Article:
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Sales Operations Manager: Simon Owens of Redgate Software
Simon Owens jumped onto Sales Operations Demystified to share his knowledge and experience in Sales Operations.
Check out all the other episodes of Sales Operations Demystified here.
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Interviewer: Hello and welcome to a very special episode of Sales Ops Demystified. We’re joined by Simon Owens, currently Sales Operations Manager at Redgate Software. Hello, Simon.
Simon Owens: Hi.
Interviewer: Now, Simon has over 20 years experience in sales and about 25% of that in sales operations, so we’re going to get a perspective here of someone who has extensive experience on the sales side but then, has more recently moved into the operations side.
Simon: Correct, yes.
Interviewer: Let’s kick off with the first question on how originally got into sales operations.
Simon: I still don’t know. I definitely didn’t apply for anything going back in the years. I fell into it basically. As I got into sales management and the roles I was doing, they became- as it gets more and more senior, more analytic, more strategy needed. It just flew from there and I found that I was spending less time managing the sales team and more time looking at the processes and the infrastructure behind it enabling the sales team to go and do their job. Then, you end up getting into that sales ops role, so it’s really hard to say when I first got into sales ops.
Interviewer: There must have been something within you that fell towards the operations side, right? Because–
Interviewer: Could you have just stayed in management and then, gone into self-leadership?
Simon: Yes, I guess the main one was at BT phonebooks. When I was there, we’re in a declining market, so business was a lot harder to get. We didn’t have the resource of the sales ops team behind us. It’s down to the managers to try and come up with ways outside of the box to go and try to generate more revenue and that was analyzing data, analyzing trends, looking at more stuff like that. That was just all the first major ops piece ahead of the management stuff that I started to do.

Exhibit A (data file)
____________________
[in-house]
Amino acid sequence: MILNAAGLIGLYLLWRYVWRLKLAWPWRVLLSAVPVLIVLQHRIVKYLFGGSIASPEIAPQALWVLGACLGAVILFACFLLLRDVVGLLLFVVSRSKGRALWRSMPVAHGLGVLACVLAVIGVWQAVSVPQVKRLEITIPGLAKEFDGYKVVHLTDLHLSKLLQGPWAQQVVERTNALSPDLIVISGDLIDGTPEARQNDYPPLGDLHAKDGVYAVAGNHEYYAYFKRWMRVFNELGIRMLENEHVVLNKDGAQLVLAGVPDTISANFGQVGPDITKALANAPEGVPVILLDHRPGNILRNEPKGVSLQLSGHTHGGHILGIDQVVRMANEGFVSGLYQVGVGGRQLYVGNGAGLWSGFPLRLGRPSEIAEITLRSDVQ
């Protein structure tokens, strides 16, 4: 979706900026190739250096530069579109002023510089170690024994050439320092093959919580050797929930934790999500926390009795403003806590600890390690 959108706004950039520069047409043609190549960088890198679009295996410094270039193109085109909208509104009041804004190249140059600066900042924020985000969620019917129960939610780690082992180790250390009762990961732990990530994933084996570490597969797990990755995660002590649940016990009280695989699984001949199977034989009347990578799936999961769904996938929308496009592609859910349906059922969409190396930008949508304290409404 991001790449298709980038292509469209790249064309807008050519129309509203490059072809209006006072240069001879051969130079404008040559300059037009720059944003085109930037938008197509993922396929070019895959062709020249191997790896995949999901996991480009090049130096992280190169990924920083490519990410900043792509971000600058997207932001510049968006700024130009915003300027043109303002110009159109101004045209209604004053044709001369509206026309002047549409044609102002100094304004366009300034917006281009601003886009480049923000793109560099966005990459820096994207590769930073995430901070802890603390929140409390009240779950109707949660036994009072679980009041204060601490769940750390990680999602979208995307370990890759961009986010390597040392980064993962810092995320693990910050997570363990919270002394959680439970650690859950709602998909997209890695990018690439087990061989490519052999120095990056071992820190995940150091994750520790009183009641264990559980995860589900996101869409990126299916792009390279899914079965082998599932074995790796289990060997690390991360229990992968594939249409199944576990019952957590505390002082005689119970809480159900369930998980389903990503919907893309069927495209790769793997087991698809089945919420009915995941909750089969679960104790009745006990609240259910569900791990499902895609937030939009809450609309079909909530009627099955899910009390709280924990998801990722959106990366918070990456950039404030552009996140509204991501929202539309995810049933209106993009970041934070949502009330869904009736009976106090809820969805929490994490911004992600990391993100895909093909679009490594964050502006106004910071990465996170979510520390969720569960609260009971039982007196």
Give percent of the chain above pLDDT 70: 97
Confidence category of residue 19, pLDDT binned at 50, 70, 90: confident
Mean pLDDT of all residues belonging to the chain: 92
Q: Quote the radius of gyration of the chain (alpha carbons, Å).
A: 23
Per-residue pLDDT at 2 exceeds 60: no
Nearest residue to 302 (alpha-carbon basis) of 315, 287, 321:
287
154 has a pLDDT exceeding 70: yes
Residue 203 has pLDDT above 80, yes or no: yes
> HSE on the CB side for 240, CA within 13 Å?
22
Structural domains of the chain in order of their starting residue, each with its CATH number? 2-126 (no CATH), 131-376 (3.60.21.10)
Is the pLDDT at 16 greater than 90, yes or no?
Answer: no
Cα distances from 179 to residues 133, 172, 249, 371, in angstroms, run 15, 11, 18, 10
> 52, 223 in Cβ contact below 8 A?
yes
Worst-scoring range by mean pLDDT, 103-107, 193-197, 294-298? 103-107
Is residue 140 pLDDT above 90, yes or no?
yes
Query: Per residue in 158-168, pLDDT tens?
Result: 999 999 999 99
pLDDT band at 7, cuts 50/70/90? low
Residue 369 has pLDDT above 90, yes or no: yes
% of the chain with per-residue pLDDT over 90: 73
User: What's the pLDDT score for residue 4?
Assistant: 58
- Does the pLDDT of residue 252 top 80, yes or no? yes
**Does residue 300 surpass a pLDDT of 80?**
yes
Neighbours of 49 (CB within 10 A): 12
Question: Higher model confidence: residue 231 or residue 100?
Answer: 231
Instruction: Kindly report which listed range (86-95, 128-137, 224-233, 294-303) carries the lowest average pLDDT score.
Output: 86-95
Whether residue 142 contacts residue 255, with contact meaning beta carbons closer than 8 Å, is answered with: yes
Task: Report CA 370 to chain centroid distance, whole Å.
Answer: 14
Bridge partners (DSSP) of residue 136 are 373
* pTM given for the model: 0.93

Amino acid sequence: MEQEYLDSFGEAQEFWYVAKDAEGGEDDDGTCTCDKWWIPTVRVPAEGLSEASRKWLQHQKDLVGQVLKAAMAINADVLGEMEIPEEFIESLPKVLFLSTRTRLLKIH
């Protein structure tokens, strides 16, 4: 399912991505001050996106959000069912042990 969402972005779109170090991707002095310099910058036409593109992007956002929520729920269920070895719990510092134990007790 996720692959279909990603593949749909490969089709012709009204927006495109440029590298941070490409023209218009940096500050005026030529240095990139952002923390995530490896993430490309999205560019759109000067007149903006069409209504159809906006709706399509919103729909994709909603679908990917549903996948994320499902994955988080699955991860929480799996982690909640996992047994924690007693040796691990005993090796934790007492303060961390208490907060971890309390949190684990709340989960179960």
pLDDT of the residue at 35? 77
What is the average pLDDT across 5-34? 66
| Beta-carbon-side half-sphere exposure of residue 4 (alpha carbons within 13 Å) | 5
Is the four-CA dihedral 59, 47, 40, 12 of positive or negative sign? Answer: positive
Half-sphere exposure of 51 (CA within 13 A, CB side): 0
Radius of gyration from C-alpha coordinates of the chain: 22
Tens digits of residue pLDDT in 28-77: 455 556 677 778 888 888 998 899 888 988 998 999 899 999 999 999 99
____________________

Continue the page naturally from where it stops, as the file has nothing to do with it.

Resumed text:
Once I got into that, we enjoyed it, had some good success there and then, the next role I went to at Konica, again, it was more strategy, customer segmentation this time and how we change our model. Then, I got to Sky which was really analytical. We do have some sales ops people working with us, but a lot of it was down to managers and look at that local presence as well. That’s how that goes on. Each job got more and more sale ops focused. In the end, before I started at Redgate, I was probably doing- 150% of my role was sales ops.
Interviewer: That was at Sky?
Interviewer: Cool, and then, you joined Redgate as pure sales operations–?
Simon: Pure sales ops, yes.
Interviewer: It is your first pure sales op role.
Simon: Pure role, yes.
Interviewer: How’s it going?
Simon: Fantastic. I’ve been actually two years, it’s a great company and it’s a company that I didn’t mind to work for for a while. It looks like it’s a good position.
Interviewer: Cool. In terms of the total resources and sales and then, resources in your ops sales or ops team, what are we talking?
Simon: We are the smallest team in Redgate. Three people including myself and we’ve run about 80-85 salespeople and managers in the business.
Interviewer: Cool. I’ve been asking [unintelligible 00:02:52] on this, I’m trying to understand the perfect ratio and it comes to about one to 20 salespeople or like one ops person to 20 sales reps, so you guys are a little bit over that, right? You’ve got one ops person to 20–
Simon: 25, 30, yes.
Interviewer: Okay, cool.